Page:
Tag Archives: red-tank-cz

The End of An Era

My grandfather, Seymour Green, left me an old Panama Hat like the one pictured.

My grandfather, Seymour Green, left me an old Panama Hat like the one pictured.

Colon by the draw of 1953 was, in fact, witnessing the end of an era, another big period of transition in the lives of our Silver People. Personally, my own experiences would become landmarks, though tragic they might have been from my perspective since I had also taken on the role of an observer who needed not to be writing at that particular time in our history as a people. My memory served me well and I really believed that I had been blessed with a unique ability to remember details of my times in Panama and our history would prove to me that it was for a purpose. Continue reading

“On Who’s Backs”

The following article was written by Fred Brooks, a member of our Facebook group Afro-Heritage of Panama.  We loved it as it embodies the same sense of urgency we feel about recognizing the contributions of our Silver People of Panama.  We thank Mr. Brooks for permitting us to reprint his essay here on our Chronicle.  Please read it and share with as many people as possible. Continue reading

The Canal Zone Was Still a Part of Us

This is the popular Chiva stop in front of Casa Muller or Muller Building in the heart of Calidonia in front of El Cruce. Image thanks to La Critica Libre.

By the time I was ready to enter secondary school in the early 1950’s the Canal Zone was undergoing radical changes. This is a good time to pause and take inventory. Continue reading

The Red Tank Community Death Scheme

This is a shot is from an early "Silver Disability Relief Roll" line on the Canal Zone.

by Lydia M. Reid

With a name like “The Red Tank Community Death Scheme” many of us today would probably have second thoughts or at least some partial misgivings about such an organization. But this Lodge or fraternal organization was just one of dozens that were formed by the Silver Roll people of the Panama Canal Zone to better survive the economic conditions of their life on the Isthmus. Continue reading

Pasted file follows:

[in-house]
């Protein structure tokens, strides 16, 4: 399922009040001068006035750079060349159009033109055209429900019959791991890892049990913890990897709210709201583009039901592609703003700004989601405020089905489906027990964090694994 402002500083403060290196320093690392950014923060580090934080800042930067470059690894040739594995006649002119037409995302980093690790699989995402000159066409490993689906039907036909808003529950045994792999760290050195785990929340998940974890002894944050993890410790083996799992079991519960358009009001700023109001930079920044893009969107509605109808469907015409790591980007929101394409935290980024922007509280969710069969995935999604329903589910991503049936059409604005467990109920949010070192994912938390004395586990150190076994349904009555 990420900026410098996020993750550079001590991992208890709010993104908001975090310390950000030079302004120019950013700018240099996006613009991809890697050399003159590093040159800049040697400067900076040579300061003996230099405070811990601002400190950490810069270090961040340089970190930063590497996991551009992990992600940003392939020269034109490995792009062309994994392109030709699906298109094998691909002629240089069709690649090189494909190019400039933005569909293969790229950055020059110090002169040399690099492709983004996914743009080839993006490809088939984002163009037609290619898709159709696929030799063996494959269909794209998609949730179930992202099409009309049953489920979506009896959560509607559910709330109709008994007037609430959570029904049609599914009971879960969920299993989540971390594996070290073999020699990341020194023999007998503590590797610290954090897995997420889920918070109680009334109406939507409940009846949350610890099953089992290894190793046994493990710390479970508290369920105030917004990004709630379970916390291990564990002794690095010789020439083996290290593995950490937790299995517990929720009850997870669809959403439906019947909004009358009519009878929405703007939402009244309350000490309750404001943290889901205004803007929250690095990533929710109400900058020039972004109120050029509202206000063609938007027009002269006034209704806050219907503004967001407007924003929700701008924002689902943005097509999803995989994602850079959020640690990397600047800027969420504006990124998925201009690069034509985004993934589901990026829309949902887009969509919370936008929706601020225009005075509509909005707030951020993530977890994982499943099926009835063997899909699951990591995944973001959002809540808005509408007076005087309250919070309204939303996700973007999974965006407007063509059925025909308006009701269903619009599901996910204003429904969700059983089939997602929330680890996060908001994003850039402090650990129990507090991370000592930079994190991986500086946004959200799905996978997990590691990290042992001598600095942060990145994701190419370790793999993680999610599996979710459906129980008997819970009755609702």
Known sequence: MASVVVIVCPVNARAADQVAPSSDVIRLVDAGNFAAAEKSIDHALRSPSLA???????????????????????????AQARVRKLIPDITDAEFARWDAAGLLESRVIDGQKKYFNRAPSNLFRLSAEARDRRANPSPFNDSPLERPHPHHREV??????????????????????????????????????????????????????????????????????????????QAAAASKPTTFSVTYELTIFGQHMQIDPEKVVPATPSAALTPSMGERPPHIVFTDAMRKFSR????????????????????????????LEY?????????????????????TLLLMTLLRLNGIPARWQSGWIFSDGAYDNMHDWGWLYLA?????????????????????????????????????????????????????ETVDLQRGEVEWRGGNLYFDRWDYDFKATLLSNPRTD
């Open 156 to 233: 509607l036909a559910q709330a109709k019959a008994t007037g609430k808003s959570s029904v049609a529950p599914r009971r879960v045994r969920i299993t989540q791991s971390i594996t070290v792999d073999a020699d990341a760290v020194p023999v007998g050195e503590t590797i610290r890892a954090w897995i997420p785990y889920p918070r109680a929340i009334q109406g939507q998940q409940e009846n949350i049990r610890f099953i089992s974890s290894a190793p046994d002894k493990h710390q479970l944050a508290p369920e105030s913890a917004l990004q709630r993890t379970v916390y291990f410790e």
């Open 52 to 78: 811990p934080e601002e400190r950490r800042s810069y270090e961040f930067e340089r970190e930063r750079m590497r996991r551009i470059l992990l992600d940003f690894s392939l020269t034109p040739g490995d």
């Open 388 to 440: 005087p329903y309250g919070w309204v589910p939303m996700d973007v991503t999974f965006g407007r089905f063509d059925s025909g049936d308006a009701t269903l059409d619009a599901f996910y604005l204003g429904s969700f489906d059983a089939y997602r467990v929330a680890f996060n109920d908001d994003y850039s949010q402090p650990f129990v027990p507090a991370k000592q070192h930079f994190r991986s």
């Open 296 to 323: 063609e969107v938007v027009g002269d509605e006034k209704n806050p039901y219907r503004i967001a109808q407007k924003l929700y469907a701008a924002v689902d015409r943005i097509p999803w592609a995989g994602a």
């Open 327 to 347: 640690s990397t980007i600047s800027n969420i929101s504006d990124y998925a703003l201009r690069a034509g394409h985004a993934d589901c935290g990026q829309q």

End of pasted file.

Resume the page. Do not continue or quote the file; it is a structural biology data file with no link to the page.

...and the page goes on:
His Soul Was Not Present

This image of a Boy Scout Troupe in Trinidad,
circ 1929 represents the original organizations
of the Boy Scout Movement from the U.K. in
the West Indies.

Even as early as the age of six I had detected the emotional dissolution of my father, a man child directly descended from one of the first Silver Men, Joshua Austin Reid. It seemed to me that the man was reaching into his Soul to find the strength he once thought he had at such a time in his young life. He, I still think, had given his all, just as did all his Jamaican ancestors before him to the Yankee Dollar, and that, perhaps, was precisely what was ailing him. Continue reading

The Silver Townships- Red Tank Part III

A Young image of Teacher Edward A. Gaskin. Image thanks to Mr. Anthony McLean.

President Remon Cantera just before his assisination in 1955.

Images: Top: A Young image of Teacher Edward A. Gaskin
Courtesy of Mr. Anthony McClean, Editor of Dia de la Etnia Negra
Bottom: Image of President Jose Antonio Remon Cantera (left)
shortly before his assasination in 1955

Welcome back to our story of Edward Aston Gaskin, the Red Tank “Kid,” who took on a remarkable leadership role in fighting for the rights of Silver Roll workers. Continue reading